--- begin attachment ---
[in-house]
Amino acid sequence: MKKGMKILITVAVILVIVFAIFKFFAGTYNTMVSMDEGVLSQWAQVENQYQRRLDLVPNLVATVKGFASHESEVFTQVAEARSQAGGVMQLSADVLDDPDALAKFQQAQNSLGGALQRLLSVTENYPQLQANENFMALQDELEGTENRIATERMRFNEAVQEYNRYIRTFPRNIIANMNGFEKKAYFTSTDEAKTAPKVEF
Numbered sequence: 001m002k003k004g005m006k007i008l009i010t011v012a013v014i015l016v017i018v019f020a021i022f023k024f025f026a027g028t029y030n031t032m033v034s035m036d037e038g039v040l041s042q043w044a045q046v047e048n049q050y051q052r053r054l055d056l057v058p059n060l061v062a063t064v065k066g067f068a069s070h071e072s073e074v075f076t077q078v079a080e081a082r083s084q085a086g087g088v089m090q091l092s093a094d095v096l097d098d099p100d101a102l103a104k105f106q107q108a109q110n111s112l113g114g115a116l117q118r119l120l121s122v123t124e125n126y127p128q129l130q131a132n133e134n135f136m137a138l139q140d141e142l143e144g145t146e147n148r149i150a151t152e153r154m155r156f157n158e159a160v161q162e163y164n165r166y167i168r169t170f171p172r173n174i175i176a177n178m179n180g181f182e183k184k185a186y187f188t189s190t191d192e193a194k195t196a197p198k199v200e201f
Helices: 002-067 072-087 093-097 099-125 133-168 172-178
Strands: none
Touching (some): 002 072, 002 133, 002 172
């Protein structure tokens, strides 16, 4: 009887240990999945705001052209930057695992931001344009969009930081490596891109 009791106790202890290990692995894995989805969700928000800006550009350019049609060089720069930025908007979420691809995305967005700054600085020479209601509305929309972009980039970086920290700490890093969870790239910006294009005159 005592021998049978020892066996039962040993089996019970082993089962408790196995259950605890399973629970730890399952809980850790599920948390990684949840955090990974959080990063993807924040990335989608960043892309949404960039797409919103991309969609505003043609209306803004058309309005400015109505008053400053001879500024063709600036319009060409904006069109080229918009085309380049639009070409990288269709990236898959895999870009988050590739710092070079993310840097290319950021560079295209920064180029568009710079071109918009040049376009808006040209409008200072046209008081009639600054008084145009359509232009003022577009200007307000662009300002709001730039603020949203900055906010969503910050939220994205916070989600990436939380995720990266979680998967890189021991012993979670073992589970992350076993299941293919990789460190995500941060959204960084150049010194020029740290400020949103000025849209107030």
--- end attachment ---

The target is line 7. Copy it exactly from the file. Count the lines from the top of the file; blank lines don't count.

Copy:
């Protein structure tokens, strides 16, 4: 009887240990999945705001052209930057695992931001344009969009930081490596891109 009791106790202890290990692995894995989805969700928000800006550009350019049609060089720069930025908007979420691809995305967005700054600085020479209601509305929309972009980039970086920290700490890093969870790239910006294009005159 005592021998049978020892066996039962040993089996019970082993089962408790196995259950605890399973629970730890399952809980850790599920948390990684949840955090990974959080990063993807924040990335989608960043892309949404960039797409919103991309969609505003043609209306803004058309309005400015109505008053400053001879500024063709600036319009060409904006069109080229918009085309380049639009070409990288269709990236898959895999870009988050590739710092070079993310840097290319950021560079295209920064180029568009710079071109918009040049376009808006040209409008200072046209008081009639600054008084145009359509232009003022577009200007307000662009300002709001730039603020949203900055906010969503910050939220994205916070989600990436939380995720990266979680998967890189021991012993979670073992589970992350076993299941293919990789460190995500941060959204960084150049010194020029740290400020949103000025849209107030």